|Special Education Information|
The Oregon City Schools Special Education Department is a part of Student Services. We have 36 Intervention Specialists, three school psychologists and three related service personnel as full time staff members who work with our students with special needs. The related services are speech and language therapy (SLP) and adapted physical education (APE).
The district also contracts with North Point Educational Service Center for additional services such as: Preschool Services, and Occupational, Physical and Speech/Language Therapy.
Most of the special education units in Oregon City Schools are cross-categorical units, meaning they provide services to students regardless of their type of disability. The students receive educational services in the resource room as well as the general education classroom. There are a couple of exceptions to that rule: The Multiple Disabilities (MD) and Emotional Disturbance (ED) classrooms are self-contained units that allow for more structure for the students in order to meet their individual needs. The elementary MD unit is located in Coy; the intermediate MD unit is located in Fassett MS; and we have two high school MD units located in Clay HS. There is one elementary ED unit at Coy, one intermediate ED unit in Eisenhower Middle School and the high school ED unit is located in Clay HS. There are also two ED classrooms located at the Wynn Center for all grade levels.
Special Education Staff are as follows
Special Education services are offered to students who qualify under the Individual with Disabilities Educational Improvement Act of 2004 (IDEIA) and also under the Operating Standards for Ohio Educational Agencies Serving Children with Disabilities. When a student demonstrates difficulties with academics and/or behaviors in the general education classroom, a teacher may request a meeting with the building Intervention Assistance Team (IAT). This team will help the classroom teacher by suggesting intervention strategies that are designed to assist with the difficulties the student is having in school. If, after several interventions have been tried and documentation shows the student is not responding to the interventions, the team may suggest a multi-factored evaluation be done by the building psychologist to help assist with finding the underlying causes of the difficulties. Permission from the parent(s) or guardian is required in order to do the testing. Once the school psychologist has all the information needed to complete the Evaluation Team Report (ETR), a meeting is set up with the parent to go over the results. The results of the ETR determine if the student qualifies for special education services under one of the 14 categories (see list under Special Education General Information). Should the student qualify, the Intervention Specialist will write an Individualized Education Plan (IEP). This plan explains the student’s strengths and difficulties and what he or she needs to be successful in school. It also describes the student’s Least Restrictive Environment (LRE); where the student will have the best access to the general education curriculum, yet still have the Specially Designed Instruction they need to succeed in school. This plan is reviewed annually and the IEP team can meet any time to discuss the student’s progress on his/her goals.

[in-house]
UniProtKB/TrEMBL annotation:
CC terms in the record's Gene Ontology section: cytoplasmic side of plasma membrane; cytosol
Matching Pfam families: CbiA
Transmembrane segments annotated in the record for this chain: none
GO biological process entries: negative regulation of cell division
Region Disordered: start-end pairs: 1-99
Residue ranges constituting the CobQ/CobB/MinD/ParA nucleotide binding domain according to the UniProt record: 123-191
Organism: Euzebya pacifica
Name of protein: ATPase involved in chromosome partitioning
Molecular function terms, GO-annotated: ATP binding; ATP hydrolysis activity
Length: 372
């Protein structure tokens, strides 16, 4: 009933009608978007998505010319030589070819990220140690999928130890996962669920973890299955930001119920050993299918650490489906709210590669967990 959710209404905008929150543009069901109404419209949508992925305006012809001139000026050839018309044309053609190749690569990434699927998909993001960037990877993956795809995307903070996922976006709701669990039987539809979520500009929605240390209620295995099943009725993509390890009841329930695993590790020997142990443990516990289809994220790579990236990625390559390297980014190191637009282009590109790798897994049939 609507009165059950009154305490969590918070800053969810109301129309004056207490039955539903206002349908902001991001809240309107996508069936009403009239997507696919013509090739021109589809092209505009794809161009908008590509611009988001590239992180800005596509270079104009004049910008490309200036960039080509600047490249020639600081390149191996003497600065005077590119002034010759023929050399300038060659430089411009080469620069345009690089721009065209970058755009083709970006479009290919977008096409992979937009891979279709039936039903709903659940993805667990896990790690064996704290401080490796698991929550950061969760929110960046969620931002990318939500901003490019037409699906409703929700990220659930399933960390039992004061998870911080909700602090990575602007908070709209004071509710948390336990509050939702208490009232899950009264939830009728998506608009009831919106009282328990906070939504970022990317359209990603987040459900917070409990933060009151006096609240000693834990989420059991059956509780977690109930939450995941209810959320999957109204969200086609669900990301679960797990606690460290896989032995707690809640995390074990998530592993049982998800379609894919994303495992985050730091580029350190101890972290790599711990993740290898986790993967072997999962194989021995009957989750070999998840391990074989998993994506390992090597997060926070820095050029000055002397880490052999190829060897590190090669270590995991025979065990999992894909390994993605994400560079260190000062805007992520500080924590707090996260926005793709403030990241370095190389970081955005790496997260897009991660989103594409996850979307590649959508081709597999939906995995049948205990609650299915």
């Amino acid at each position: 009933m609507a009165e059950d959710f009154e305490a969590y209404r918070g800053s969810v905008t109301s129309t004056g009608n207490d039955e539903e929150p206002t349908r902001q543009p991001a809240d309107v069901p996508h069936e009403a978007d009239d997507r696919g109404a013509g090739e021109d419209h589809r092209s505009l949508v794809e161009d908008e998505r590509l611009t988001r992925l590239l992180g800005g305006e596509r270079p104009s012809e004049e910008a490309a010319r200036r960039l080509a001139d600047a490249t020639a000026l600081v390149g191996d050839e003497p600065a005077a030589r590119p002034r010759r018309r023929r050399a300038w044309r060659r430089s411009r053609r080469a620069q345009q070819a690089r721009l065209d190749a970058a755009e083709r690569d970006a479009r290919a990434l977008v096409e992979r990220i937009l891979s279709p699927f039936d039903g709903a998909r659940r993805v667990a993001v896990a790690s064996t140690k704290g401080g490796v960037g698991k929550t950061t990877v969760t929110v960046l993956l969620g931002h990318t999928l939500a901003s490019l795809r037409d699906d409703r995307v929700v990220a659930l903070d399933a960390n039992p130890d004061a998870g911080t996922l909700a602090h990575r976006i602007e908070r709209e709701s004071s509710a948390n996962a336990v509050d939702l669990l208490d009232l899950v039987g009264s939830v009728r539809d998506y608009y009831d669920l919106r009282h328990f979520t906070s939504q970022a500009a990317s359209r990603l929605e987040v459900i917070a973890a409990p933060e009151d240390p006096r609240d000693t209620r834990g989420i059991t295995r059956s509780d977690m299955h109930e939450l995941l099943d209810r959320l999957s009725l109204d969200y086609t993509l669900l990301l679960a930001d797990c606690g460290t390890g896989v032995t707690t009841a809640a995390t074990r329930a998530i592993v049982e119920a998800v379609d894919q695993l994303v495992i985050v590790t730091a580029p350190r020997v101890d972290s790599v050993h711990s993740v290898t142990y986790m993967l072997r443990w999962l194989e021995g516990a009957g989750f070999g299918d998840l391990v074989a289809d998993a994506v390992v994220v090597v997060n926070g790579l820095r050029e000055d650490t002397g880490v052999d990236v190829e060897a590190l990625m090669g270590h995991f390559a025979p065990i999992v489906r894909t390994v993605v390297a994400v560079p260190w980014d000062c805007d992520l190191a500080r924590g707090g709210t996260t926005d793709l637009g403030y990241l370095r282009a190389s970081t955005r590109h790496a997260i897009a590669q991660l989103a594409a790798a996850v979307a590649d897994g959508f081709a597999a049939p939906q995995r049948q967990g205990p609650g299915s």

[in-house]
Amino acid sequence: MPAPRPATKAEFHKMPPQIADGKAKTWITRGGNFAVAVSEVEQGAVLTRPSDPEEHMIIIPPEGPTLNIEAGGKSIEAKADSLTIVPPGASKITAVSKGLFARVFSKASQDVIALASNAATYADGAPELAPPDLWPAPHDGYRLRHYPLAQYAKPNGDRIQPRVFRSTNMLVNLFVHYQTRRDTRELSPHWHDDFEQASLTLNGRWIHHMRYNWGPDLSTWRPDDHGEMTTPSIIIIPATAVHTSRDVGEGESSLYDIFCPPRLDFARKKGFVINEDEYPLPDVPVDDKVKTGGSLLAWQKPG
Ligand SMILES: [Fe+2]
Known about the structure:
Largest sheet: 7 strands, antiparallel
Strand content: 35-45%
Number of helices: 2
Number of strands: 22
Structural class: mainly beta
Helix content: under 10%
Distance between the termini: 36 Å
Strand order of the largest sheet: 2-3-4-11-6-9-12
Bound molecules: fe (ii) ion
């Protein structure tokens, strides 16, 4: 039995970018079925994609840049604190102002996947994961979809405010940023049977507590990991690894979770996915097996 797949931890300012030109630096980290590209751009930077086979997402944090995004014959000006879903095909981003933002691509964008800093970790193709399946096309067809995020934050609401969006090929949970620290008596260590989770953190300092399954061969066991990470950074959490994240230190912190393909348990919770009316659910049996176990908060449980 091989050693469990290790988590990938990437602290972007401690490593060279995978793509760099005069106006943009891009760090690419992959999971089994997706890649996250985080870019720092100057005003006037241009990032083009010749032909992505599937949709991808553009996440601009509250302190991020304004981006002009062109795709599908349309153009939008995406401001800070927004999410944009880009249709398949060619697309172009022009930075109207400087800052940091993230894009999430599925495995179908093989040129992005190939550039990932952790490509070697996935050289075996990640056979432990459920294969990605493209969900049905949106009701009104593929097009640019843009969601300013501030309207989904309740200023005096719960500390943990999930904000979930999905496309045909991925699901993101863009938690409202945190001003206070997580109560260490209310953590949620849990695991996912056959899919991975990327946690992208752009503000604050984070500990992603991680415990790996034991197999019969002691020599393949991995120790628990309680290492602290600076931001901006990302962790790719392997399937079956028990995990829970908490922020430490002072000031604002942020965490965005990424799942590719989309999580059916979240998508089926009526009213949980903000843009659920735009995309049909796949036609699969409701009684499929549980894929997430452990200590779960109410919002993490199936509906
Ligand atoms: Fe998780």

There are some students who have a disability, but the disability affects their access to the general education curriculum, not necessarily the learning of the material. These students may qualify for a Section 504 Plan. This plan is a part of the Rehabilitation Act of 1973 which prohibits discrimination based upon disability. Effective January 1, 2009, there were new revisions made which broaden the qualifications for disabilities. Anyone can refer a child for evaluation under Section 504. However, The Office for Civil Rights (OCR) has stated: “the school district must also have reason to believe that the child is in need of services under Section 504 due to a disability.” Therefore, a school district does not have to refer or evaluate a child under Section 504 solely upon parental demand. A variety of sources are used to determine the need for a Section 504 Plan. Some of these sources are grades from the past several years, teacher reports, parent information, state assessment scores, observations, discipline reports, attendance records, health records, social and cultural background, and adaptive behavior information. Once the team has made the determination of a disability, a plan is written and a meeting will take place to go over the results and the proposed plan. The plan is reviewed annually to make sure it is still needed and/or appropriate for the student as they proceed through their school years.
The website, http://www.edresourcesohio.org gives access to Whose Idea Is This? A Parent’s Guide to the Individuals with Disabilities Education Improvement Act of 2004 (IDEIA). After opening the link, look to the left side of the page for the guide title and click in the box.
In accordance with Senate Bill 316, Oregon City Schools is notifying all parents of students with an Individualized Education Plan (IEP) of the availability of the Autism Scholarship Program and the Jon Peterson Special Needs Scholarship Program. Per section 3310.41 and 3310.51 to 3310.64 of the Revised code:
“Your child may be eligible for a scholarship under the Autism Scholarship Program or the Jon Peterson Special Needs Scholarship Program to attend a special education program that implements the child’s individualized education program and that is operated by an alternative public provider or by a registered provider.”
If you have any questions in regard to either scholarship, please contact the Students Services Department of Oregon City Schools at 419.698.6000.